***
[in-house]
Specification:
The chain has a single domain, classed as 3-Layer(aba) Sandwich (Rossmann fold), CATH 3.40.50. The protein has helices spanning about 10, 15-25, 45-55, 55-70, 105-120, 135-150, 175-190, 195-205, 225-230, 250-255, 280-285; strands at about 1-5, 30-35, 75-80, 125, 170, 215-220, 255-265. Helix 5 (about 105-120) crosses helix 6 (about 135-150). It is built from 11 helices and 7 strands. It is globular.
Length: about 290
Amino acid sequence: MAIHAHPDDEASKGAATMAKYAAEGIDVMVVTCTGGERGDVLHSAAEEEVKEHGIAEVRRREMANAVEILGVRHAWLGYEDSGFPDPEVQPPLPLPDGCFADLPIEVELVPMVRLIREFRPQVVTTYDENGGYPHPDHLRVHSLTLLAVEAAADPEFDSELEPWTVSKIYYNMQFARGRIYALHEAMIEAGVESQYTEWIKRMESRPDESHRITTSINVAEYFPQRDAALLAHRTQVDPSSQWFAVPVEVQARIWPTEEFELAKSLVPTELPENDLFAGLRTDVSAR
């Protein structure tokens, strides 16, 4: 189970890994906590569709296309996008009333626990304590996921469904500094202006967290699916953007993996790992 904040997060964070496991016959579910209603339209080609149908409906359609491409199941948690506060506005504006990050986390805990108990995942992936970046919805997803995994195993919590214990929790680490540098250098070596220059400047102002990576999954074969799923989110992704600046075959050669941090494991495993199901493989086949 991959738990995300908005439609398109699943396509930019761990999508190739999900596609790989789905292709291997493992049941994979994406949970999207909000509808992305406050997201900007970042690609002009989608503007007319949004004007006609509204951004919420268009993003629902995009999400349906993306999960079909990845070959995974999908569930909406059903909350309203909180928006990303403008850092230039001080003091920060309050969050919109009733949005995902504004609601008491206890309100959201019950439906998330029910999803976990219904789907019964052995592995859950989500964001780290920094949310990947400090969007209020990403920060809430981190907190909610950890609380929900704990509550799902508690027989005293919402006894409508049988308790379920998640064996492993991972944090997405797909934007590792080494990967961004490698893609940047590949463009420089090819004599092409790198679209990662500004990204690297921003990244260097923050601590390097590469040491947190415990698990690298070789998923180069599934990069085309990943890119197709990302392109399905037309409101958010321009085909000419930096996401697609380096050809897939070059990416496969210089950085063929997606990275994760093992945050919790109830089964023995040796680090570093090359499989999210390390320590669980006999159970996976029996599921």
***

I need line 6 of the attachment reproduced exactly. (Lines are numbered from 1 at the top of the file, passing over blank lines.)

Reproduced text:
């Protein structure tokens, strides 16, 4: 189970890994906590569709296309996008009333626990304590996921469904500094202006967290699916953007993996790992 904040997060964070496991016959579910209603339209080609149908409906359609491409199941948690506060506005504006990050986390805990108990995942992936970046919805997803995994195993919590214990929790680490540098250098070596220059400047102002990576999954074969799923989110992704600046075959050669941090494991495993199901493989086949 991959738990995300908005439609398109699943396509930019761990999508190739999900596609790989789905292709291997493992049941994979994406949970999207909000509808992305406050997201900007970042690609002009989608503007007319949004004007006609509204951004919420268009993003629902995009999400349906993306999960079909990845070959995974999908569930909406059903909350309203909180928006990303403008850092230039001080003091920060309050969050919109009733949005995902504004609601008491206890309100959201019950439906998330029910999803976990219904789907019964052995592995859950989500964001780290920094949310990947400090969007209020990403920060809430981190907190909610950890609380929900704990509550799902508690027989005293919402006894409508049988308790379920998640064996492993991972944090997405797909934007590792080494990967961004490698893609940047590949463009420089090819004599092409790198679209990662500004990204690297921003990244260097923050601590390097590469040491947190415990698990690298070789998923180069599934990069085309990943890119197709990302392109399905037309409101958010321009085909000419930096996401697609380096050809897939070059990416496969210089950085063929997606990275994760093992945050919790109830089964023995040796680090570093090359499989999210390390320590669980006999159970996976029996599921």